Behind the scenes at the butter sculpture contest: Royal Winter Fair


NOVEMBER 13, 2009

At the Royal Agricultural Winter Fair, butter isn’t just something you smear on your toast, it’s an art form.

Every year at The Royal students from arts colleges are invited to put their skills to the test in the Royal Butter Sculpture Competition.  Armed with no more than a 25 kilogram block of butter and their wits, each participant is given nine hours to sculpt their masterpiece in a giant refrigerated display case in a cooler full of butter at five degrees Celsius.

This year the theme of the competition was “Celebrating Agriculture and Equine youth participation at The Royal,” and the 12 competitors were students from Toronto’s Central Technical School and the Ontario College of Art and Design.

Ever since the 1940s, the butter sculpture competition has been an annual crowd pleaser at The Royal, as people continue to create, view and judge butter sculptures.  One veteran judge who may not be returning next year is Harvey Townsend, 88.  A former teacher at the Ontario College of Art and Design and a sculptor in his own right (he once sculpted a life-size Elvis out of butter), Townsend has been judging the butter sculpture competition at The Royal since the late 1970s.

“The Ontario Ministry of Butter and Cheese and all those sorts of things came to ask me what I thought about students doing butter sculptures, and I thought it was a good idea,” he said.  “It started from there and carried on pretty traditionally for over thirty years.”

So what exactly does one look for in a prize winning butter sculpture?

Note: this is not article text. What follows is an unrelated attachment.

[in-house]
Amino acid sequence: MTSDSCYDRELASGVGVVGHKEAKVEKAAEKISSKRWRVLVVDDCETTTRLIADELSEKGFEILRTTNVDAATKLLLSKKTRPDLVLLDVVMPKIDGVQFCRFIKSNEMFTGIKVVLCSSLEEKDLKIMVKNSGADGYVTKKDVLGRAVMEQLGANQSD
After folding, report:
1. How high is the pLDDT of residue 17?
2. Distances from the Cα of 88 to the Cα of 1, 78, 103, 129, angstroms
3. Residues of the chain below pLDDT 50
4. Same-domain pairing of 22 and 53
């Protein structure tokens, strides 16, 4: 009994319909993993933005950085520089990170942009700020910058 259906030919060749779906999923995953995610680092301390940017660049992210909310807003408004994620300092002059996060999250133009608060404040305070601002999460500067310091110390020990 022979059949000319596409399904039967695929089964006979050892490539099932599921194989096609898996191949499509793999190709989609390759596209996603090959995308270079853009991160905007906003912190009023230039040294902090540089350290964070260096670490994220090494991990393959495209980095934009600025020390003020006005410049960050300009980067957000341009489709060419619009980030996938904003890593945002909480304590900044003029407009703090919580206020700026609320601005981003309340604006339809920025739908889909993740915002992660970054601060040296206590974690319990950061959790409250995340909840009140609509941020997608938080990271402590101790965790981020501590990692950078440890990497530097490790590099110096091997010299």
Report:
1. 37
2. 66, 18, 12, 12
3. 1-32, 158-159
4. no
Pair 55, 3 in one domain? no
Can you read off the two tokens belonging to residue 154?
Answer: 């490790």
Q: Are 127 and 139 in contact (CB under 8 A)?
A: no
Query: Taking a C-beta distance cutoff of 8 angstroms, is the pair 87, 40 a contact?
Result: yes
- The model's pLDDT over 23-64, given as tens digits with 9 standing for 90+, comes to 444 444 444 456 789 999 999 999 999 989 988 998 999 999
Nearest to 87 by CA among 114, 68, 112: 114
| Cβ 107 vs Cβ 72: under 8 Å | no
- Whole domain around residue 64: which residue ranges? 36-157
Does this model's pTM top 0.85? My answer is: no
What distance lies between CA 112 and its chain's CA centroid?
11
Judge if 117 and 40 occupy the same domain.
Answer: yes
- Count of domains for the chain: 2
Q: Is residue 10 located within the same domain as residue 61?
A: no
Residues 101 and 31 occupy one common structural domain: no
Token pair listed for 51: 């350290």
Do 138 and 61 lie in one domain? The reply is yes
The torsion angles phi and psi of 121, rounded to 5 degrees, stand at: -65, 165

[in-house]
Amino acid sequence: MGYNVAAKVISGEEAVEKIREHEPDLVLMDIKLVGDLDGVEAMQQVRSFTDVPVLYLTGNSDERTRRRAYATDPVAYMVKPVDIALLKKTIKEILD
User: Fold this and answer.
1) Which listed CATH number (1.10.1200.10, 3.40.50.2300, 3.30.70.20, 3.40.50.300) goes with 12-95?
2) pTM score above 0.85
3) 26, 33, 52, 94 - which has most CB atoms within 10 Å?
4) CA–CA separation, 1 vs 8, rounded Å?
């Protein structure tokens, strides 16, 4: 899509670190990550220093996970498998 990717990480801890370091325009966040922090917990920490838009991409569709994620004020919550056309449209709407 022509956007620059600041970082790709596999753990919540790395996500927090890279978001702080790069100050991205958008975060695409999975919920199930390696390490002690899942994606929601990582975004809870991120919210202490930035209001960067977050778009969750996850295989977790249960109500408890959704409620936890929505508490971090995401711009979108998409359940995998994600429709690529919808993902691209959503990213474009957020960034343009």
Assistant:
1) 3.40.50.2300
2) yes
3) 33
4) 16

“Well you look for the humour and knowledge that they have of the subject,” explained Townsend.  “It seems to be based on the horse this year so what we’ve taken into consideration is how well it’s done.  Fine detail is very difficult (to achieve) in just a day’s work.

Townsend allows his gut to have the final say in determining a winner.

“ It all comes with your own experience,” he said.

It is not uncommon for butter sculptors to have trouble creating their pieces.  Due to its high melting point, butter can be a very difficult art medium to work with.

“We have had some (sculptures) that haven’t been judged because structurally they’ve fallen down,” admitted Sally Andrews, an official at the agricultural show office who also sits on the dairy products competition committee.  She explained that whenever a piece of art becomes damaged, the artist is contacted and permitted to make emergency repairs on their submission after hours.

This year a sculpture called “Horse Face” collapsed. The piece, which was one of Andrews’ favourites, featured a horse’s head with the face of its rider grafted upon its snout.

“Because butter isn’t a stable product some of the face fell off, and so [the artist] had to come in late at night and tap away in the cooler by himself,” Andrews said.

Sadly, the lifespan of a butter sculpture is limited by the length of the competition.  After the winners have gone home with their prizes and the lights have been turned off, the greasy works of art are dismantled, and the raw butter re-enters the butter circle of life.

“We try to find people who can use it,” explained Andrews.  “Just like plastic can be rendered into tiles … [butter] is re-rendered into a non-edible product, so fuels, things like that.  Whatever they can use it for.”

The butter used for the competition was never meant for human consumption.

This year’s winner is Tisha Myles, 23, an arts student from Central Technical School.  Her entry is called “Tandem Bikeroo,” which depicts two children wearing a horse costume riding a bicycle built for two.  She will receive the grand prize of $200 dollars, which should  buy her enough butter to keep her busy until next year.